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Giving thanks to America's finest on Memorial Day

U.S. Air Force Photo Illustration by Naoko Shimoji

(U.S. Air Force Photo Illustration/Naoko Shimoji)

KADENA AIR BASE, Japan -- (As a former White House staffer who served in the administration of President George W. Bush, I spent nearly four years commuting to Washington D.C., while my Air Force spouse was answering duty's call outside the Beltway. I wrote these sentiments several years ago while on a flight leaving Atlanta a few days before Memorial Day. The sentiment remains true.)

I can't remember the last time I traveled though Hartsfield-Jackson International Airport without seeing some of America's finest passing through the concourses on their way to places unknown to serve, defend, and protect our great nation.

I've seen them gather in clusters waiting on their flights or wandering out on their own passing the time in solitude. They serve as constant reminders that we are a nation at war and that the guardians of our freedom are daddies, husbands, wives, and daughters.

I've seen them countless times during my bi-monthly commutes between Washington D.C., and Eglin Air Force Base. And this night was no exception. So as I dragged my bag from Concourse A to E, I began looking for The One.

Two years ago I started a ritual that I faithfully practice whenever I travel through the airport. I pick out a Soldier, Sailor, Airman, or Marine and find some small way to thank him or her for their service. And I never leave the airport without engaging in my own personal Operation Gratitude. Each time I walk through these familiar concourses I say a prayer for God to direct me to someone who could use a kind word, or a friendly smile, or a hot meal.

Sometimes I've found The One on the escalator, or in line in the ladies room, or at the food court. And each time after my brief encounter I always walk away with a smile - but inevitably, I find myself forcing back a  sizable lump in my throat and the onslaught of tears welling inside of me. But in spite of my emotions I do it anyway. And so on this night, like many others, I began my search for The One.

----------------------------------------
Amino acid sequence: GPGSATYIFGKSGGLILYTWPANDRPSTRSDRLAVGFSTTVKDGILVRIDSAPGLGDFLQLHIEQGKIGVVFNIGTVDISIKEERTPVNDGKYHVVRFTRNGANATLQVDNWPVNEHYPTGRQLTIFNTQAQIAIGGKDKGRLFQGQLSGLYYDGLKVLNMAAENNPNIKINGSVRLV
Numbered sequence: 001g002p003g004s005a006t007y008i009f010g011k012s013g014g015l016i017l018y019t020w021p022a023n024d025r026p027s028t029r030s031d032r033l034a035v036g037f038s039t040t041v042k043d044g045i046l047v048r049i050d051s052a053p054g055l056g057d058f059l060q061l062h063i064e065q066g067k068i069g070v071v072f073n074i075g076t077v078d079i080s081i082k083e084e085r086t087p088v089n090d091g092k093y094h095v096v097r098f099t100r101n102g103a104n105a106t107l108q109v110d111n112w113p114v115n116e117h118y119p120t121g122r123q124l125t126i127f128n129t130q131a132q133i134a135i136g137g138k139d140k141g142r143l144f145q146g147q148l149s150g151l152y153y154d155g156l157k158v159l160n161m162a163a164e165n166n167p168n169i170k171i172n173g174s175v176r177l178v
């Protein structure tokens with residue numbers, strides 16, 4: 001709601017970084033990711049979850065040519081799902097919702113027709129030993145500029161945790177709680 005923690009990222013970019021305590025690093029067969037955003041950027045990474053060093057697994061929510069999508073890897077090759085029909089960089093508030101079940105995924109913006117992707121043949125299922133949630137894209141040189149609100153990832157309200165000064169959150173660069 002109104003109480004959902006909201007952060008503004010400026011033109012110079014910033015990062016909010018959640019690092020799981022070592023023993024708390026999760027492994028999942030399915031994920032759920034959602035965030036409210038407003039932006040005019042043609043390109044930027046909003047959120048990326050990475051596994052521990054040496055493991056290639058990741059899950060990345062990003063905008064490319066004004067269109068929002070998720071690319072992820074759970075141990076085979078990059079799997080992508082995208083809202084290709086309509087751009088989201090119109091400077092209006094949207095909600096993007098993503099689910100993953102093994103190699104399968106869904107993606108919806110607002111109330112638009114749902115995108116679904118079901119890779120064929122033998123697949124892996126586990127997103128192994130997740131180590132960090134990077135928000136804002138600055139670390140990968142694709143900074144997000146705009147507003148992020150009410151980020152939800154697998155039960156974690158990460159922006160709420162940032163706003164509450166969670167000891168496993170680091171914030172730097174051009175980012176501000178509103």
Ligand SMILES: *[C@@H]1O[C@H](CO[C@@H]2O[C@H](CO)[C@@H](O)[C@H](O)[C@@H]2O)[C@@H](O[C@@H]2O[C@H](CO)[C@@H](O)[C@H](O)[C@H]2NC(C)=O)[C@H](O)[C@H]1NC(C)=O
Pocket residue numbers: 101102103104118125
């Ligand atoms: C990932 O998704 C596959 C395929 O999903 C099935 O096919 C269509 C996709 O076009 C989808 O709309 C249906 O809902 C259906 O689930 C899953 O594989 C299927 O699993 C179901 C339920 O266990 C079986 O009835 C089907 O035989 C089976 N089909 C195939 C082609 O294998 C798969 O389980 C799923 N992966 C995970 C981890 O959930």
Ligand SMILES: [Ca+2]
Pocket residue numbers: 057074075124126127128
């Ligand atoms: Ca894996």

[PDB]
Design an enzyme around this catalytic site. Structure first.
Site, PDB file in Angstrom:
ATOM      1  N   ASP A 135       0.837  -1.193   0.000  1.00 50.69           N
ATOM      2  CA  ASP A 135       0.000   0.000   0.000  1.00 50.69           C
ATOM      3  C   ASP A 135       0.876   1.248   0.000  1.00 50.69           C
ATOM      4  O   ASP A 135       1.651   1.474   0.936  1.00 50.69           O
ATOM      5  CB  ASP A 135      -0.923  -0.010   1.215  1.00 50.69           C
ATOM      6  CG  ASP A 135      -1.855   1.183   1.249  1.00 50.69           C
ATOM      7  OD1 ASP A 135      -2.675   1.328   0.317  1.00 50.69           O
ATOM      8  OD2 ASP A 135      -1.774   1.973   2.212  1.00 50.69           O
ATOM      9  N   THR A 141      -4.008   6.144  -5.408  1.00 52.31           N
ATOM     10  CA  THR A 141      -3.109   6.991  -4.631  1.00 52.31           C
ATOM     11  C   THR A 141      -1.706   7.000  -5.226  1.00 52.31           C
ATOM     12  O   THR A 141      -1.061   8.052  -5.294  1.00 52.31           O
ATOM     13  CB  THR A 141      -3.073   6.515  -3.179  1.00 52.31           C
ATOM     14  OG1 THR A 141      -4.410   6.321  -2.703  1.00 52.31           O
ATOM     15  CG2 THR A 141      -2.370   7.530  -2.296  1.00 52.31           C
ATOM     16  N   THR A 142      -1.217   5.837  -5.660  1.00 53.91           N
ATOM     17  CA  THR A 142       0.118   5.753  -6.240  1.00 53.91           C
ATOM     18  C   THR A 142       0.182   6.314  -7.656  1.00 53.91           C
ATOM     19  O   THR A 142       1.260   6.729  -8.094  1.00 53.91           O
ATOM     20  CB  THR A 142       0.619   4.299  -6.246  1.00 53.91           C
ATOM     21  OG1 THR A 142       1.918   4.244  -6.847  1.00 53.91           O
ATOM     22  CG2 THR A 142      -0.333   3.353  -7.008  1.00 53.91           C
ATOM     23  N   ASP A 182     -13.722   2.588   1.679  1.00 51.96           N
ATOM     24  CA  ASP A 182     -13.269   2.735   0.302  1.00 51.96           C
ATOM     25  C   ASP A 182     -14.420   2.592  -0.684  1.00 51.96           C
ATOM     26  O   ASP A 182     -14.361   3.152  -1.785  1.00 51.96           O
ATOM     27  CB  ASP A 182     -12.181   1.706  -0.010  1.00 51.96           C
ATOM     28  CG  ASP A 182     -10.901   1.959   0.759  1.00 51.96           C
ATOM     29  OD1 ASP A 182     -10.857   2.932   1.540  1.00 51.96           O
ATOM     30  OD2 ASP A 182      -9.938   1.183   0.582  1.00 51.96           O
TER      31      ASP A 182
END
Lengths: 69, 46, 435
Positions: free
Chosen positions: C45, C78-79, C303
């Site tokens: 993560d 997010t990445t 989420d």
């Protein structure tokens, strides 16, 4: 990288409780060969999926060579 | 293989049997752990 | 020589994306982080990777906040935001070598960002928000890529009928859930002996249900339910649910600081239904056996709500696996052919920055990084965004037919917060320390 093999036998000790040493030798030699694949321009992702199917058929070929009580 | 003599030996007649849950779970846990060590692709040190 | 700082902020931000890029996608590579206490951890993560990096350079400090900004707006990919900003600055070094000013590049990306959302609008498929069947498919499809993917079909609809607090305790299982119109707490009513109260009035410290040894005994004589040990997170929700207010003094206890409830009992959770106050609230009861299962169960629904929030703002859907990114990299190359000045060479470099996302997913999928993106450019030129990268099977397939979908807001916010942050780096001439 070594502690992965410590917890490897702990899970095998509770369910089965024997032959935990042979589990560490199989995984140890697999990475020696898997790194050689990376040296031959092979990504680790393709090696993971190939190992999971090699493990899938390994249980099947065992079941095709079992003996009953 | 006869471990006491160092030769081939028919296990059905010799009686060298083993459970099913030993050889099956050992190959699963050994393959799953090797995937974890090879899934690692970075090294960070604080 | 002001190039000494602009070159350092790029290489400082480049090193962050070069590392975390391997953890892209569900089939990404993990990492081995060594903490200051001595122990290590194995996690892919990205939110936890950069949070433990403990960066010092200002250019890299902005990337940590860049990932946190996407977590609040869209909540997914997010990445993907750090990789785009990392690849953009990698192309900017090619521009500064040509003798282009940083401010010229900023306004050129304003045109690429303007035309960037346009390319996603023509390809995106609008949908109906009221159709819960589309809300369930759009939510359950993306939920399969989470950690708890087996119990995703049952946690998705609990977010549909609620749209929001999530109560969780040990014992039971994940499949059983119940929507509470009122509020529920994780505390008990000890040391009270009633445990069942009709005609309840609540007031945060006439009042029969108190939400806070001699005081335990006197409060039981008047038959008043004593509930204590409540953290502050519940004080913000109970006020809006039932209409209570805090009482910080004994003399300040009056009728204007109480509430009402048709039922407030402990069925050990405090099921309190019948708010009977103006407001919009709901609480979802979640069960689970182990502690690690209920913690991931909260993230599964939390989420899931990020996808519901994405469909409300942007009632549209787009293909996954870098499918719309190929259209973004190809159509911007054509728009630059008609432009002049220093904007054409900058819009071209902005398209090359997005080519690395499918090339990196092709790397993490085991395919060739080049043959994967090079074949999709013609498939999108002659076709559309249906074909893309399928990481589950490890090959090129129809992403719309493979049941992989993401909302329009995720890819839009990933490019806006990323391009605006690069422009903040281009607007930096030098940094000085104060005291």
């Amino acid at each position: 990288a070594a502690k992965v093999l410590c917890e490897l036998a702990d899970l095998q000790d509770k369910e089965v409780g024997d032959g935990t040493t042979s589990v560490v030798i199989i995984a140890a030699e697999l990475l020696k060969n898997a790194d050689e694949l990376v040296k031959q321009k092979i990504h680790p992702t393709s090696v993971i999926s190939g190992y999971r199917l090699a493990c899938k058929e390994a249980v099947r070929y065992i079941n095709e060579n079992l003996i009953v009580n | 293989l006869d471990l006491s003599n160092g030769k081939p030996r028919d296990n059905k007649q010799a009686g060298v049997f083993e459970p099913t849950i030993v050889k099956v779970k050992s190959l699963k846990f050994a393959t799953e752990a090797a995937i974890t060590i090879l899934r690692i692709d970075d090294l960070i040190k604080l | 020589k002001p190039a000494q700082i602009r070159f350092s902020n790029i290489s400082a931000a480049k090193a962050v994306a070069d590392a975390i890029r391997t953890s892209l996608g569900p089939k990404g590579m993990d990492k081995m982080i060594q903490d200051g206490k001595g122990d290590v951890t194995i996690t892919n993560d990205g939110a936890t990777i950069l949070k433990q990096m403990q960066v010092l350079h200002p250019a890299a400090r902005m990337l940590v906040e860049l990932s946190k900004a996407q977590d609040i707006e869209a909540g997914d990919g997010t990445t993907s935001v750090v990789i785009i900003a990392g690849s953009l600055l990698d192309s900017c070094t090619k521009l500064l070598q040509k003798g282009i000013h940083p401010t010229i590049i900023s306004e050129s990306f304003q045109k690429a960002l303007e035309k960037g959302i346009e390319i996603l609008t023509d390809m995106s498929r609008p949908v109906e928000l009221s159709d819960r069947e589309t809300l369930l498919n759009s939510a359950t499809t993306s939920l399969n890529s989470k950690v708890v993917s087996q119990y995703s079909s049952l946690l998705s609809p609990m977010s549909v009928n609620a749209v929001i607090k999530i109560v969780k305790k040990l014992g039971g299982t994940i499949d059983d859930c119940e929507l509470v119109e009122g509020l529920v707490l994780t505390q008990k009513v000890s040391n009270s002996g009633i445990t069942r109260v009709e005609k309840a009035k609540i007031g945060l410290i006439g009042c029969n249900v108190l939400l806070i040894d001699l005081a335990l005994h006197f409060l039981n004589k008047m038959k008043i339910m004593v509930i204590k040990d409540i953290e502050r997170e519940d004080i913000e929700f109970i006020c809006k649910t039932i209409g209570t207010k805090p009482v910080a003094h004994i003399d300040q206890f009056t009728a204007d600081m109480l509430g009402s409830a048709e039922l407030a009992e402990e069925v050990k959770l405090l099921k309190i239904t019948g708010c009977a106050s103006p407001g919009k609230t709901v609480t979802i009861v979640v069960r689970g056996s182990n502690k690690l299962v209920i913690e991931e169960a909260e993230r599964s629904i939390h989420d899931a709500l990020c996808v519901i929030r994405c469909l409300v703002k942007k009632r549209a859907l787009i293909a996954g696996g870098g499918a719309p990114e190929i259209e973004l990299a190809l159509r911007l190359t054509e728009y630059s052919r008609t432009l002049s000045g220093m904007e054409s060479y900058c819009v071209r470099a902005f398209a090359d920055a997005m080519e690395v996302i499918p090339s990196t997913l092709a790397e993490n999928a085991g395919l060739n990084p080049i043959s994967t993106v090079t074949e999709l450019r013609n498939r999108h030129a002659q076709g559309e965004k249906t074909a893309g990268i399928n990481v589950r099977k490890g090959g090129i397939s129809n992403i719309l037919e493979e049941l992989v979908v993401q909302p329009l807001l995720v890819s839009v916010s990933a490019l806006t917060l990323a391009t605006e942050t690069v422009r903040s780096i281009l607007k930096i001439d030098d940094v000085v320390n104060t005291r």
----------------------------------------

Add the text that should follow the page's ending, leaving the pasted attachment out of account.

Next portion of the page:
At first there were just a few - but that didn't last long. As I approached the end of Concourse E, I saw a sea of camo khakis, brushed boots, and fresh young faces. There were hundreds of them. They filled every seat and overflowed onto the floor spanning the distance of three gates. I was overcome with pride. And with gratitude. And I stopped in my tracks and paused to take in this beautiful sight.

You would think I would be used to it by now - the sight of uniformed men and women preparing to deploy in service to our nation. Throughout more than 20 years as a military spouse I have seen thousands deploy and said far too many goodbyes to my own Airman as he took part of my heart with him to places unknown to serve and defend and protect our great nation. But I never get used to it. And maybe that's the way it should be.

I tried to look around for The One, I really did. But I just couldn't do it this time. Although there were hundreds of troops standing right in front of me I couldn't bring myself to move and approach a single one. The tears were imminent and I knew there was no way I could speak. So I leaned up against the wall and watched as the gate agent called for their flight. And as they formed a long line to board the aircraft I did the only thing I knew to do. I prayed for them.

As they filed passed me I prayed for their strength and peace in the midst of chaos. I prayed for their safety and for their health. I prayed for their families and the loved ones left behind who would - that very night - face a gut-wrenching loneliness only understood by others who have seen a loved one off to war. And then I prayed for our nation and for our President and for our world.

I prayed until the last soldier had passed in front of me and the boarding door had closed and then I let the tears stream freely down my face. They will never know me, or the prayers lifted up on their behalf. But I believe that this gesture is powerful in its simplicity, and on this night I hope it made a difference.

As you celebrate this Memorial Day remember that this very day there are troops passing through airports on their way to places unknown to serve, and defend, and protect our great nation. They are a part of our country's legacy of service and sacrifice. On this day and everyday they deserve our thanks, they've earned our gratitude, and they need our prayers.

Mrs. Wilsbach is the spouse of 18th Wing commander, Brig. Gen. Ken Wilsbach.